Vocal Cord Nodules

Discussion in 'Teacher Time Out' started by leighbball, Dec 2, 2007.

  1. leighbball

    leighbball Virtuoso

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    Well, the ear, nose, and throat doctor used a camera to examine my nose and throat and found out I have vocal cord nodules. They are essentially callouses on my vocal cords. Next time I go back, he will use another camera to take pictures of them.

    Has anyone ever had this before? I know I talk loudly and this can affect them. I've been trying to be very good since I found out about them, but then there was a fight in my room and I yelled and rushed over the stop it. I felt something in my voice start to ache and I started hoping I didn't do any more damage:(
     
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  3. moonbeamsinajar

    moonbeamsinajar Habitué

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    My brother had nodules on his vocal chords back in the early 70's. They had to be removed 3 times, but since then they never came back. His only symptom was hoarseness that would not go away. I am sure the treatment for them has changed since he had his done about 35 years ago. Back then they yanked them off with forcepts.
    I hope the doctors can help you to feel better soon!
     
  4. leighbball

    leighbball Virtuoso

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    I'm hoping surgery isn't needed, but the medicines he put me on have done nothing...and as a teacher, its nearly impossible to rest my voice. :(
     
  5. Carmen13

    Carmen13 Groupie

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    But you need to try... Your voice is your "instrument"!
    Take care!
     
  6. TeacherGroupie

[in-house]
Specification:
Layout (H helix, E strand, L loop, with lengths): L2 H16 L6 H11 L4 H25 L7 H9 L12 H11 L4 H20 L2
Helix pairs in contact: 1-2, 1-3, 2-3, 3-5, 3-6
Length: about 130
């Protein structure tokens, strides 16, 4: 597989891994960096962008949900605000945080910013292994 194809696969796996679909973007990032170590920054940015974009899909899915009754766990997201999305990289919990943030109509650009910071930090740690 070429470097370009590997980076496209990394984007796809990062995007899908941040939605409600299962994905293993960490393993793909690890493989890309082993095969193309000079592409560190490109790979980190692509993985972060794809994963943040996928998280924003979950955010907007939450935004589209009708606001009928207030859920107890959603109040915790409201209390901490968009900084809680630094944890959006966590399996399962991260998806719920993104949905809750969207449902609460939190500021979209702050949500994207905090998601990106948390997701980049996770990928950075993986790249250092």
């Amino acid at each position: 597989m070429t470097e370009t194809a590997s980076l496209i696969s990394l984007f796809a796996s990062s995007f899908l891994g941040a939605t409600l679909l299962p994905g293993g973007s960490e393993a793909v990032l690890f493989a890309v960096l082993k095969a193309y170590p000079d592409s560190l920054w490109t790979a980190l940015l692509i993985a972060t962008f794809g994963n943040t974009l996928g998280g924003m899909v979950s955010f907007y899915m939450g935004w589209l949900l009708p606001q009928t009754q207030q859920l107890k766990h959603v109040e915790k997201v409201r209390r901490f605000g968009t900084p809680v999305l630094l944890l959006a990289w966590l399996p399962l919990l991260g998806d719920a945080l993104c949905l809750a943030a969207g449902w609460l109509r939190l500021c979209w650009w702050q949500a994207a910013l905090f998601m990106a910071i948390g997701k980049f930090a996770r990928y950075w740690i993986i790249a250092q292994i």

TeacherGroupie Moderator

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    leighbball, sounds like you need to start wearing a whistle full time when you teach. You may also want to consult with a voice teacher.
     
  7. K5 music

    K5 music New Member

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    I'm a voice teacher, and I've studied vocal nodules in college. We even got to look at them when the doctor inserted the camera. This is my advice.

    Don't ignore them. I know it's difficult, but you really can't raise your voice or even talk in your "teacher voice." You are only making them worse. Right now, the only available treatment (besides vocal rest) is the surgery stated above where they cut off the nodules. This creates a lot of scar tissue and can have permanent adverse effects.

    The best thing you can do is catch it early and rest your voice as best as you can. If you start now, you'll need less time than if you let it get worse.

    Best of luck!
     
  8. Budaka

    Budaka Cohort

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    I had a friend who had this and she was not allowed to talk for three months, even whispering (it is suppose to be worse than just talking)! The doctors told her that it was not from yelling but from raising and lowering your voice often, as teachers often do.

    Good luck!
     
  9. cMcD

    cMcD Groupie

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    I had a callous on my vocal chord once! However, mine was induced from heavy partying during my junior year in college. I would go out 3-4 nights a week and talk, sing, yell, etc. at the top of my lungs. I never learned to talk from my diaphragm. My doctor did tell me that whispering did make it worse. Anyway, I calmed down, only going out 1-2 times a week. And instead of screaming song lyrics I would lip synch. Ha! It just so happens I was taking my last required music class, so my singing was terrible. Which was nice because the teacher would give me good grades because she saw that I was trying very hard. Haha! I'm not trying to make light of your situation, this just reminds me of "that" time in my life. Junior year was my favorite year in college...

    Try to rest your voice. I've found that when I talk quietly my students listen extra hard to hear what I'm trying to say.

    Good luck!
     
  10. Music Doc

    Music Doc Habitué

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    Just to keep everyone correctly informed.....the correct term for the vocal mechanism is larynx (pronounced "lair-inks," NOT "Lar-nicks"). Vocal folds is a better term than vocal cords.....and please....it's NOT vocal CHORDS.

    The information you've received is pretty straight on.....don't ignore them...they won't just "go away"....vocal rest is good....stay hydrated, too. No smoking, cut down on any acids you take in. And DON'T whisper....that's worse than talking softly since it dries out the larynx.

    Just your local vocal awareness committee here.
     
  11. leighbball

    leighbball Virtuoso